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Alabama Legislators Sue Governor, Attorney General For Not Upholding Pro-Life Legislation

Forty-six Alabama state legislators have joined a class-action lawsuit calling for an end to abortion in the state because it disproportionately victimizes unborn African American children.

Sam McLure, plaintiffs’ attorney for “Baby Q,” filed the lawsuit Oct. 16 in Montgomery County Circuit Court against Alabama Gov. Kay Ivey, Attorney General Steve Marshall (both Republicans), and all abortion clinics in the state.

At a press conference from the Alabama State House Feb. 9, McLure, joined by state legislators and members of the Alabama Republican Executive Committee, charged that the governor and attorney general had failed to uphold the state’s laws defending the unborn.

Alabama Constitutional Amendment 930, which “explicitly recognizes and protects the rights of unborn children in the state, granting them equal protection under the law,” was passed by more than 60% of Alabama voters.

Subsequently, Gov. Ivey signed the Alabama Human Life Protection Act of 2018 that prohibits abortion procedures for an “unborn child in utero at any stage of development.”

A federal judge has since declared the act unconstitutional.

“It’s a remarkable day where Alabama has come from,” McLure said. “Between 1800 and 1840, Alabama grew from 40,000 unjustly stolen slaves to 400,000, over two dozen slave licenses active in the city of Montgomery. We’ve come from there, people, to now you have 46 members of the Alabama legislature standing up, standing on the principles of protecting the weak and the vulnerable, and saying no more, interposing themselves for the arresting of evil to protect preborn African American babies.”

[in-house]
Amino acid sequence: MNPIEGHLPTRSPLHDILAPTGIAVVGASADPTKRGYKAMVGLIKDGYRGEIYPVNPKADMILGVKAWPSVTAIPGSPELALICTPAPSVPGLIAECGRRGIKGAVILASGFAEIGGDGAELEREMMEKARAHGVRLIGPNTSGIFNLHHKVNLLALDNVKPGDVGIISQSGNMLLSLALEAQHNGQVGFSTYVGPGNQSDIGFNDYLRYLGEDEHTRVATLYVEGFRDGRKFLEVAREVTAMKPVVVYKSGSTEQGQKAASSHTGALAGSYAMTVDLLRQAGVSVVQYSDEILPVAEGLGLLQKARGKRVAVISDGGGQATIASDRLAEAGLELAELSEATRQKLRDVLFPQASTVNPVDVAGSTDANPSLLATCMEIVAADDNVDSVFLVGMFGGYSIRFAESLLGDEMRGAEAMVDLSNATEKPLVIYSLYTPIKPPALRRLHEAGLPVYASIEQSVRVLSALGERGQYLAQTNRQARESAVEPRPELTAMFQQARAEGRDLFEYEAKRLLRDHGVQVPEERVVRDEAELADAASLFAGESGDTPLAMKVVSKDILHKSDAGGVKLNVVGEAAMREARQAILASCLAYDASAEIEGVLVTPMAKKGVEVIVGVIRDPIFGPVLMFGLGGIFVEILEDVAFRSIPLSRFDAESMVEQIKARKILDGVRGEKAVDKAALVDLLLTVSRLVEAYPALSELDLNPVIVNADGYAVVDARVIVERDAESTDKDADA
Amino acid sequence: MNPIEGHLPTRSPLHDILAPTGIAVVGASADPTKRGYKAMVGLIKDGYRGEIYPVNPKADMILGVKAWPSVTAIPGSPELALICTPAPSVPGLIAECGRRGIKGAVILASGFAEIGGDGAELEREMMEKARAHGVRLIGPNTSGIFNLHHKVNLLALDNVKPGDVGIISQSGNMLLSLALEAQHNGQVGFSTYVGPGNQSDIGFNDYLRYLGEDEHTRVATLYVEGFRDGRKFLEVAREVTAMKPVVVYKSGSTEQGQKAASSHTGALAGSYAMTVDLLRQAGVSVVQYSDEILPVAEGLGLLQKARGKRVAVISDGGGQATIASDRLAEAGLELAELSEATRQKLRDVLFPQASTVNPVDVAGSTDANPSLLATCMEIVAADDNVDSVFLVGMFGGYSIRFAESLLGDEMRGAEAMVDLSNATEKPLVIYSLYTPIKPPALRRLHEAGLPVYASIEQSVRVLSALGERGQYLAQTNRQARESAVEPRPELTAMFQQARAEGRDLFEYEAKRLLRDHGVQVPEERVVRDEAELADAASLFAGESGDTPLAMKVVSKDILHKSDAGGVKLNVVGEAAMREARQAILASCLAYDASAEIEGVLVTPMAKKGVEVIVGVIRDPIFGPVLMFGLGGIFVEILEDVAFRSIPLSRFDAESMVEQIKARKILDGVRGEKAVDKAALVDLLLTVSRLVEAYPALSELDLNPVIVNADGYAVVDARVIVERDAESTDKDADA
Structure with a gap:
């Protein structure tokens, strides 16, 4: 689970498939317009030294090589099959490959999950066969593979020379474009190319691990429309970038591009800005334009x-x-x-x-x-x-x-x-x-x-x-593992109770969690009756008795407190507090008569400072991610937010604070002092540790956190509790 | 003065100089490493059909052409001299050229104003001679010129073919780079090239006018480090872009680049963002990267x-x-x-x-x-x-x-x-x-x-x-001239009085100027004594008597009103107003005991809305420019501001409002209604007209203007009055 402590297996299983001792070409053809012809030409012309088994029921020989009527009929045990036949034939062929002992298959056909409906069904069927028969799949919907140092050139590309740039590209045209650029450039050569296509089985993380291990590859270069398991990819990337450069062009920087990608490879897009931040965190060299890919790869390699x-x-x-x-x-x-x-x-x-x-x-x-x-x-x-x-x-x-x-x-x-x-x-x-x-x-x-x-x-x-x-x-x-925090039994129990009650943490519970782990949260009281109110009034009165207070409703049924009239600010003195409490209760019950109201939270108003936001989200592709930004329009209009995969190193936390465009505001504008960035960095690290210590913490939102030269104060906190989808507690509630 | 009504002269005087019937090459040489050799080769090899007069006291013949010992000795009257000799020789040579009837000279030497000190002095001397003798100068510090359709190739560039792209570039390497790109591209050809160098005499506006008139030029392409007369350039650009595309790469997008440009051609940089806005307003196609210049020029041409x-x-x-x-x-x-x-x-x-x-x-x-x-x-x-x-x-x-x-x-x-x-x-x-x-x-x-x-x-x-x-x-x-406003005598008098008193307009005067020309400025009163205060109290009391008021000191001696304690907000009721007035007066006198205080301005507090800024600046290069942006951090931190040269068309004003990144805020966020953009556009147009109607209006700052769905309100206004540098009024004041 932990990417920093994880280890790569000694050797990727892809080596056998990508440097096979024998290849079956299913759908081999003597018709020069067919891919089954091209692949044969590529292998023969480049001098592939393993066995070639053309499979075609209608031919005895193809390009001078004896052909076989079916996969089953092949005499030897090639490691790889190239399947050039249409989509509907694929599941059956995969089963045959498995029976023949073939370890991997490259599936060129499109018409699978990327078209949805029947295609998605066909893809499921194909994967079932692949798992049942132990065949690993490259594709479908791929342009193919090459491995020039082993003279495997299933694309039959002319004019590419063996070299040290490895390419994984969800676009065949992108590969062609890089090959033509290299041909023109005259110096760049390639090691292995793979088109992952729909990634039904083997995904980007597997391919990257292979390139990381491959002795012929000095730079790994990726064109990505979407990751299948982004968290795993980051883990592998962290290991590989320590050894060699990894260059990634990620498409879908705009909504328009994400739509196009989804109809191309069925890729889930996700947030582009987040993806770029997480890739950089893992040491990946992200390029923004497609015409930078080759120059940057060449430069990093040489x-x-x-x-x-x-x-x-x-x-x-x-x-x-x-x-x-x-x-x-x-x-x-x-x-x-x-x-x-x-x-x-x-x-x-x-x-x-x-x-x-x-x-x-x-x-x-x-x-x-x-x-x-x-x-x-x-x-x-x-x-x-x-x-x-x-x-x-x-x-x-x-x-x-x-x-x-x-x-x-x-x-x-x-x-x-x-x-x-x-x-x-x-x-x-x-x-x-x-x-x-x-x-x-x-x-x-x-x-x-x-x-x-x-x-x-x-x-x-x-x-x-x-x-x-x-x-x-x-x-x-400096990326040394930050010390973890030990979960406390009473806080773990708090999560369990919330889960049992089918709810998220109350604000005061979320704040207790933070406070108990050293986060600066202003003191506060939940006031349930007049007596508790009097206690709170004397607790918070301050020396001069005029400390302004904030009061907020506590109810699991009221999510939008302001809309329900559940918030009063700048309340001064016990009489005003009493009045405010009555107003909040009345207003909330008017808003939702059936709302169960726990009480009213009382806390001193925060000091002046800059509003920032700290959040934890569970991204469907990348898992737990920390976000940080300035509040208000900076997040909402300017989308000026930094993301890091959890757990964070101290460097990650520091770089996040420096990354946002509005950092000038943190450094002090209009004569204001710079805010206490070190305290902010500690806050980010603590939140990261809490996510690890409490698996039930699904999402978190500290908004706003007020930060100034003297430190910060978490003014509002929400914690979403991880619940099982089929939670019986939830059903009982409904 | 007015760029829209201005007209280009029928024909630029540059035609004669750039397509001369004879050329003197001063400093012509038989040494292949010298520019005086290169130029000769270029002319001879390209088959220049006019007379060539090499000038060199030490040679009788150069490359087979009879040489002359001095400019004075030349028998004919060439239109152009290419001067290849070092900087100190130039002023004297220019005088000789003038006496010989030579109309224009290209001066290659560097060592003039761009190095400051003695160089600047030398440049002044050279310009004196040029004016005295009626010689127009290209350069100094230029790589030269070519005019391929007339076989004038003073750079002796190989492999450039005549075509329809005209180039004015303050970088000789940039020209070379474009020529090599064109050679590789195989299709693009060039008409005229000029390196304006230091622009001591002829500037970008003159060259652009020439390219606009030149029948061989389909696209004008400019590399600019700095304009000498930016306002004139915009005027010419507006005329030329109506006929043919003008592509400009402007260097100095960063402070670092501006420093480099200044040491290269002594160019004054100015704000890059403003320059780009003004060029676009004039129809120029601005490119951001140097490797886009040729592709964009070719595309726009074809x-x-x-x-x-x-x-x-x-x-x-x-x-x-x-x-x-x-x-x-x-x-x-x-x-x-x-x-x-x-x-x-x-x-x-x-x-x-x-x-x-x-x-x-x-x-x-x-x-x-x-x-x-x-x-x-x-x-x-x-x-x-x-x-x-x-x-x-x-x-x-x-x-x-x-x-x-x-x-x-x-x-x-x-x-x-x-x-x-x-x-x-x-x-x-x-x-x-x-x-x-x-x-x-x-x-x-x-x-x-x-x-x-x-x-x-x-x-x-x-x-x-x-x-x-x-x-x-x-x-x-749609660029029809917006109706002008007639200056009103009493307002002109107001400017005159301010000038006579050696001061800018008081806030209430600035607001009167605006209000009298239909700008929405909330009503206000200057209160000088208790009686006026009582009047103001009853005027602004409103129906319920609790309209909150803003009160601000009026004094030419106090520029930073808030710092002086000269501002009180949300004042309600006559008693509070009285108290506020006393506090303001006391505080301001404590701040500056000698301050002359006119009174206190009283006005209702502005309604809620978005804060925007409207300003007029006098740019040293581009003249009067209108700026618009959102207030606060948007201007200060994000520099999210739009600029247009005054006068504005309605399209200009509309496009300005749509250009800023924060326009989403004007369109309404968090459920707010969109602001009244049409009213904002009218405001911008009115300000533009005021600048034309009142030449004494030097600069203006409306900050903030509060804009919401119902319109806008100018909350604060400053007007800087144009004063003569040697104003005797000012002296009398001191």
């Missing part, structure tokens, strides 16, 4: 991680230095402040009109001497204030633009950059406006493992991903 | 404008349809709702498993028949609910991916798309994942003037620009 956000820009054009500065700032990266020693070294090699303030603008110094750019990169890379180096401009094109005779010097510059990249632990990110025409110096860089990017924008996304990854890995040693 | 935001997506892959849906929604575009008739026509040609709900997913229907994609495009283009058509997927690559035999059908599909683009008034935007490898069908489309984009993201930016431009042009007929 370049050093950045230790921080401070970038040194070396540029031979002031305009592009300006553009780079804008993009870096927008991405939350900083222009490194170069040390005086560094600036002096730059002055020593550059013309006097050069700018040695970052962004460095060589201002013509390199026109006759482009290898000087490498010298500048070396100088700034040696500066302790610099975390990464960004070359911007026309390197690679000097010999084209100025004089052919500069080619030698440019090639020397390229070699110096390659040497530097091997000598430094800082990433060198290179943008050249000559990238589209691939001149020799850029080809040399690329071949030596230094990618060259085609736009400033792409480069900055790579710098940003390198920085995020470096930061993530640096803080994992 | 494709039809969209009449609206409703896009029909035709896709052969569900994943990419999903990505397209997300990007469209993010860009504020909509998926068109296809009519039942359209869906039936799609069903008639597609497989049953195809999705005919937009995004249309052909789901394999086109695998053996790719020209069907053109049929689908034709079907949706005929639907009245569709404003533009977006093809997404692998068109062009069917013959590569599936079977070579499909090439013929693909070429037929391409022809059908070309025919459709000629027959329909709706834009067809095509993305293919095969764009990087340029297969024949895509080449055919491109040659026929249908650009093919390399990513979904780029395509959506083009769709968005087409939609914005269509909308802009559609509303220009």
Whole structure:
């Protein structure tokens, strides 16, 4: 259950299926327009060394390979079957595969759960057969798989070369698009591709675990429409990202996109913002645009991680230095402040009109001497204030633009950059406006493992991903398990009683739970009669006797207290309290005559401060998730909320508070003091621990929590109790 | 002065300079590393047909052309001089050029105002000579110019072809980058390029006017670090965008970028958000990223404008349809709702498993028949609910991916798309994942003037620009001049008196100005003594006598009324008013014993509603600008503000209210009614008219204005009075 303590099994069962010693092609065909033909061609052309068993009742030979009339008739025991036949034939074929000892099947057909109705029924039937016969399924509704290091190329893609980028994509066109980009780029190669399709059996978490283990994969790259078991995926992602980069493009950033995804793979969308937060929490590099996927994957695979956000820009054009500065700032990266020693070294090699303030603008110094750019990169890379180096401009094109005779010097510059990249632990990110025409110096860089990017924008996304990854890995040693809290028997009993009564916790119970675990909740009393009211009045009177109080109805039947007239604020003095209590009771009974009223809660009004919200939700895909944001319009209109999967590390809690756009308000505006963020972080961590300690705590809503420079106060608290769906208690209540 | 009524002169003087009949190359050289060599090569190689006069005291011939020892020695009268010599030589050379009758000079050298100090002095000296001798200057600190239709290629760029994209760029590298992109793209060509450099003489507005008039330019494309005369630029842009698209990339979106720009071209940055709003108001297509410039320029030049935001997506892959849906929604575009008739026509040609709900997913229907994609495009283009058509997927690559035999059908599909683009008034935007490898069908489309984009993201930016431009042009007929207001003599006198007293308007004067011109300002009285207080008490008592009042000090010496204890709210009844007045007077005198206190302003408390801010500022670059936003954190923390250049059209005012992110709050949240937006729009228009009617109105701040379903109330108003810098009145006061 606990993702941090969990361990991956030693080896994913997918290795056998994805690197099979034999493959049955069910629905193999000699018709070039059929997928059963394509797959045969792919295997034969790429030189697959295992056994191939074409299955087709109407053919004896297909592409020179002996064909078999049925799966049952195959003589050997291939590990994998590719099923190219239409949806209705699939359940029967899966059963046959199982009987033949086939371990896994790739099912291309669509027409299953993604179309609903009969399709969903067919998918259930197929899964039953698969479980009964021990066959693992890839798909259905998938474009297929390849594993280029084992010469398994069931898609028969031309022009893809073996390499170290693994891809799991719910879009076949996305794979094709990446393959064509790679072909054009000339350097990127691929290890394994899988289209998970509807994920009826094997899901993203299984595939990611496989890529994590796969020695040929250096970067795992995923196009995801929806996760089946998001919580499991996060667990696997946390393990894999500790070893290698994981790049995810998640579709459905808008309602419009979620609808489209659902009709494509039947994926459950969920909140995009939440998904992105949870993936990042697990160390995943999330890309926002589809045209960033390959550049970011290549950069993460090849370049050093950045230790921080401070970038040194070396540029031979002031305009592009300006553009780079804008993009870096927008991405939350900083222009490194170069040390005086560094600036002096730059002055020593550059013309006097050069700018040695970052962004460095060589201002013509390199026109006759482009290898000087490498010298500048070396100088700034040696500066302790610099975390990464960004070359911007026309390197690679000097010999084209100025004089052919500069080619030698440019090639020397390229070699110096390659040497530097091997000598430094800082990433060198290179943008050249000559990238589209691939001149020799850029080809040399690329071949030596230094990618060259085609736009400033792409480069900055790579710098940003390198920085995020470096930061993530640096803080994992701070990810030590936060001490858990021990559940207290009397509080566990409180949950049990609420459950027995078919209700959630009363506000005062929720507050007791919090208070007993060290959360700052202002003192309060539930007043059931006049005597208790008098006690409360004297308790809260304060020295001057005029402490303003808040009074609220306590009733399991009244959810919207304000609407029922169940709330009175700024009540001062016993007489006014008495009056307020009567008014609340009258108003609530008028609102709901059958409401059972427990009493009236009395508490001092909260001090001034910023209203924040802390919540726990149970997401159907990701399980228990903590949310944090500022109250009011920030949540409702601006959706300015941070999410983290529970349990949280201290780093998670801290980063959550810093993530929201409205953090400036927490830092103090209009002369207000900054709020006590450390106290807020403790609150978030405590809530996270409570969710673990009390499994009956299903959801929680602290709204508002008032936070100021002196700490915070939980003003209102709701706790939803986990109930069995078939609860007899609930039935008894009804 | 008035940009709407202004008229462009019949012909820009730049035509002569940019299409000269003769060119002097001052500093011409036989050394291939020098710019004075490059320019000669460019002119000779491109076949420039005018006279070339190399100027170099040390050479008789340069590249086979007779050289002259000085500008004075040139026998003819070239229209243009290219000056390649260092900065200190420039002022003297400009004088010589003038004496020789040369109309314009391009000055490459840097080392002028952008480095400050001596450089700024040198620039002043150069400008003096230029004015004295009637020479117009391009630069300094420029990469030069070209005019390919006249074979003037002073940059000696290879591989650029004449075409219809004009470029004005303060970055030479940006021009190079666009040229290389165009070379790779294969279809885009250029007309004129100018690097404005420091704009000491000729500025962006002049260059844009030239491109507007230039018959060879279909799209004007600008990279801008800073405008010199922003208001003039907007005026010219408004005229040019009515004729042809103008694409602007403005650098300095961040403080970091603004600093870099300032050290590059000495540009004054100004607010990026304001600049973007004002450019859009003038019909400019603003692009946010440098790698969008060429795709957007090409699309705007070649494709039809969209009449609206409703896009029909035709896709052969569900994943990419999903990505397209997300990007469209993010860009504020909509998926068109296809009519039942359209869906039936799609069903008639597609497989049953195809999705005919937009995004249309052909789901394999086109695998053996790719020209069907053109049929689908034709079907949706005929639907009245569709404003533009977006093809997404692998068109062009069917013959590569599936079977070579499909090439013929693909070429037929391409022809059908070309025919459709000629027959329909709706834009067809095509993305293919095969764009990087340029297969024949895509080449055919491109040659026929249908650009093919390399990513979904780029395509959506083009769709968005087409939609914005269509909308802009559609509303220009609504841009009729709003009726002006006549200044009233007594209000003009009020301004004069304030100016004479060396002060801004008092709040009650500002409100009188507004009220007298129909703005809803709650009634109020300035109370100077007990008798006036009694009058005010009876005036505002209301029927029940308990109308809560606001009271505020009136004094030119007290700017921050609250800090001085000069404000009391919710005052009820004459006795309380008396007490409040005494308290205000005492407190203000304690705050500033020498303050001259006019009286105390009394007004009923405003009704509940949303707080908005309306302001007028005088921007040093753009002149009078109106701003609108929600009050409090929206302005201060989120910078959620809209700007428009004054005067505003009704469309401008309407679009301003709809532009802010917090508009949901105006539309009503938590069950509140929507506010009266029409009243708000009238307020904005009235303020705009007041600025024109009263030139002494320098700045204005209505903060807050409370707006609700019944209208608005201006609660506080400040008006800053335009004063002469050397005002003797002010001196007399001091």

McLure said the Baby Q class-action lawsuit appeals to the U.S. Constitution’s Ninth Amendment, which prohibits the Constitution from abridging or abrogating rights previously protected by common law. Furthermore, he said, the 10th Amendment states that matters not specifically addressed in the Constitution are the jurisdiction of the states.

In justifying their case for the lawsuit, the plaintiffs have pointed to the U.S. Supreme Court’s 1973 Roe v. Wade ruling, which legalized abortion, when justices acknowledged that the U.S. Constitution “is silent” about the rights of the unborn.

“Alabama values personhood in the womb,” McLure said. “The Alabama legislature moved to the front of the line, raised their hand and volunteered, when they passed the Human Life Protection Act that eliminated, outlawed and abolished abortion, yet 120 children die every week in Alabama because of abortion.”

McLure charged further that the “root of the abortion industry” was founded in eugenics—the “most insidious racial worldview you can imagine.”

“The founders of Planned Parenthood specifically designed and implemented a plan to place abortion clinics in low-income neighborhoods to eradicate racial minorities,” he said. 

“The history is undeniable,” McLure told Baptist Press. “That was the intended purpose of the abortion industry and continues to be the outcome of the abortion industry, where 60% of the abortions in Alabama come from African American mothers, and [blacks] only represent 27% of the population.”

At the press conference, Rep. Arnold Mooney called on the governor and attorney general to enforce Alabama Constitutional Amendment 930, which recognizes “the sanctity of unborn life and the rights of unborn children, including the right to life.”

“As legislators, it is our job to enforce the laws of our state as best we can, especially an amendment passed overwhelmingly by the people of our state,” Mooney said. “The failure to do so can be very costly and deadly, and in fact, it is. Since 2018, 15,000 unborn children have been aborted in our state.”